Young broilers nibble feed at a chicken farm in Luling, Texas. The Food and Drug Administration has issued new guidance on how drug companies label antibiotics for livestock. Bob Nichols/USDA/Flickr hide caption

itoggle caption Bob Nichols/USDA/Flickr

Russ Kremer with some of his hogs on his farm in Frankenstein, Mo., in 2009. Instead of buying conventional feed, Kremer grazes his hogs in a pasture, and grows grains and legumes for them. Jeff Roberson /AP hide caption

itoggle caption Jeff Roberson /AP

A truckload of live turkeys arrives at a Cargill plant in Springdale, Ark., in 2011. Most turkeys in the U.S. are regularly given low doses of antibiotics. Danny Johnston/AP hide caption

itoggle caption Danny Johnston/AP

Cows wait to be milked at a California dairy farm. Justin Sullivan/Getty Images hide caption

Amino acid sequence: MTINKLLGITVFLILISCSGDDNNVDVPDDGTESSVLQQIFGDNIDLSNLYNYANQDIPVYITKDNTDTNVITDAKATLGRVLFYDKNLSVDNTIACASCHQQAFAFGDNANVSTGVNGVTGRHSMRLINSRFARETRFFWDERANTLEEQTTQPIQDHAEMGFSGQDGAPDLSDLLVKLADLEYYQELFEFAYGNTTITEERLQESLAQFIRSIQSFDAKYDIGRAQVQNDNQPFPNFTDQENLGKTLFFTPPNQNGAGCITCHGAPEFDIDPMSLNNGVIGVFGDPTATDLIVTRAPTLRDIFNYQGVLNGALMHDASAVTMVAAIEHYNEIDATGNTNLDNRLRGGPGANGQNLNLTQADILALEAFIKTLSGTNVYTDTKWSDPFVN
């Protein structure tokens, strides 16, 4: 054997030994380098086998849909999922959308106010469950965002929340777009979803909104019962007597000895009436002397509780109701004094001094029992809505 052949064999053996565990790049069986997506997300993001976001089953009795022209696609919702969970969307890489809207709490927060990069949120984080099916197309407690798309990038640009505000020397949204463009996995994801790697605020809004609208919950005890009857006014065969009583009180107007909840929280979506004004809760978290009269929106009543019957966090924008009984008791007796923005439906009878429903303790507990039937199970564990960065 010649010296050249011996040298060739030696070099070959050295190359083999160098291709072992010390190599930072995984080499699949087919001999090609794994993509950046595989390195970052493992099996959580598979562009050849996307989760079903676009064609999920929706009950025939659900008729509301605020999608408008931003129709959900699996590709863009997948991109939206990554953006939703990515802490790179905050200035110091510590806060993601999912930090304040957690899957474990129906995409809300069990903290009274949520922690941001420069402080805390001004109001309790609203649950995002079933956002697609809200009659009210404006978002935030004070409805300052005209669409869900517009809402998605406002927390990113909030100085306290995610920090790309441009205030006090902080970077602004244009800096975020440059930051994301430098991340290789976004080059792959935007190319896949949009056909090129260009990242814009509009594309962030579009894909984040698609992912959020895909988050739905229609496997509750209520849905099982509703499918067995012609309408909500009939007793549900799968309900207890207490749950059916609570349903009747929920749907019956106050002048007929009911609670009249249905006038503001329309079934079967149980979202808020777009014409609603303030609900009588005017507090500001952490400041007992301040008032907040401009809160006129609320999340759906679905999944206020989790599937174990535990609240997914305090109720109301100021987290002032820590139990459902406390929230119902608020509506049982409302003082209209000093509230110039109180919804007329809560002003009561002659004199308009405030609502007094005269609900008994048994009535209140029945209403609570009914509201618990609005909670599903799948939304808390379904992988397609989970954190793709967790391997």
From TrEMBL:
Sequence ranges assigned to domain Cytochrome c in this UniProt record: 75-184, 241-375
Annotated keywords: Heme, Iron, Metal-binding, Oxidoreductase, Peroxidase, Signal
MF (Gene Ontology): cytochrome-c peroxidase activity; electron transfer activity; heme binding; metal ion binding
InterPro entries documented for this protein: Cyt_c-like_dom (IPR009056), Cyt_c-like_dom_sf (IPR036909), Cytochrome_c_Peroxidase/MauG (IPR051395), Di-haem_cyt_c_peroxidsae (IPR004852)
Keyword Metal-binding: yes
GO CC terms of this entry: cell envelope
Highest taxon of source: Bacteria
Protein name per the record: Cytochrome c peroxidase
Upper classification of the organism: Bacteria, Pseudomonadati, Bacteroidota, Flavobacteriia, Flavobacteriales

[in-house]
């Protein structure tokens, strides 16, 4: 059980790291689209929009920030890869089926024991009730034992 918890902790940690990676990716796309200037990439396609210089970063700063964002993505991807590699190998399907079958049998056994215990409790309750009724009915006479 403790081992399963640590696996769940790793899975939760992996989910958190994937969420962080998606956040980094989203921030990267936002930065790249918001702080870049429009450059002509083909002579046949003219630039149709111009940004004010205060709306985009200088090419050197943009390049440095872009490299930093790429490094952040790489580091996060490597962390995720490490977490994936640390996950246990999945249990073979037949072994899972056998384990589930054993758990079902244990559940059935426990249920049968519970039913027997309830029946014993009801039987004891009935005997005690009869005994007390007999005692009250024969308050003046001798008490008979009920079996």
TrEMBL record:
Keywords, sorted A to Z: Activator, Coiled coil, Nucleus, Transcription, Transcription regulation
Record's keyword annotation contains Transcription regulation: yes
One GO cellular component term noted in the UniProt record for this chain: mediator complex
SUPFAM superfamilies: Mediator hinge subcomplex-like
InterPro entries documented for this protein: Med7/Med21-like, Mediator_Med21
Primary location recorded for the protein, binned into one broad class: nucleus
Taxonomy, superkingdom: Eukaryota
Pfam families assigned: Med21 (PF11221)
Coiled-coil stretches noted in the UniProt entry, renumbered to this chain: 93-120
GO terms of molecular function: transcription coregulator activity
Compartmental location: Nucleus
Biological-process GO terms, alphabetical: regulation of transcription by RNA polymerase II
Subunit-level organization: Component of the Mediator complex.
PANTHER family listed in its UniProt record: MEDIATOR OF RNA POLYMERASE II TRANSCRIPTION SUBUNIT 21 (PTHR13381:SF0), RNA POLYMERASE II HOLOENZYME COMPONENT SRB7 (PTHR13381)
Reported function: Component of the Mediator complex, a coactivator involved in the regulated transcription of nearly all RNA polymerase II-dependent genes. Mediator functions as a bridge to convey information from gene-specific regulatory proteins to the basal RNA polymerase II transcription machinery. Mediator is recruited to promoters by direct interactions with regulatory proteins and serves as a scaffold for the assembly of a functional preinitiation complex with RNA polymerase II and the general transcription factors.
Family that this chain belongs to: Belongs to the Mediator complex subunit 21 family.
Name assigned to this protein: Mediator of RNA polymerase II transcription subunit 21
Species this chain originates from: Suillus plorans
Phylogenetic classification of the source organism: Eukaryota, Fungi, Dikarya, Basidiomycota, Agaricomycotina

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The FDA's latest effort to end the use of antibiotics as growth promoters in animals is getting mixed reviews from activists. Rob Carr/AP hide caption

itoggle caption Rob Carr/AP

Pigs take a mud bath at the De Jofrahoeve pig farm in Esch, Netherlands. Dutch farmers treat their animals with almost three times the antibiotics that their Danish neighbors use. Robin Utrecht/AFP/Getty Images hide caption

itoggle caption Robin Utrecht/AFP/Getty Images

Breeding sows in crates at a subsidiary of Smithfield Foods in 2010. The photo was shot by the Humane Society as part of an undercover investigation. Humane Society/Associated Press hide caption

itoggle caption Humane Society/Associated Press

Many livestock groups say there's no evidence that antibiotics in livestock feed have caused a human health problem, but researchers beg to differ. Scott Olson/Getty Images hide caption

itoggle caption Scott Olson/Getty Images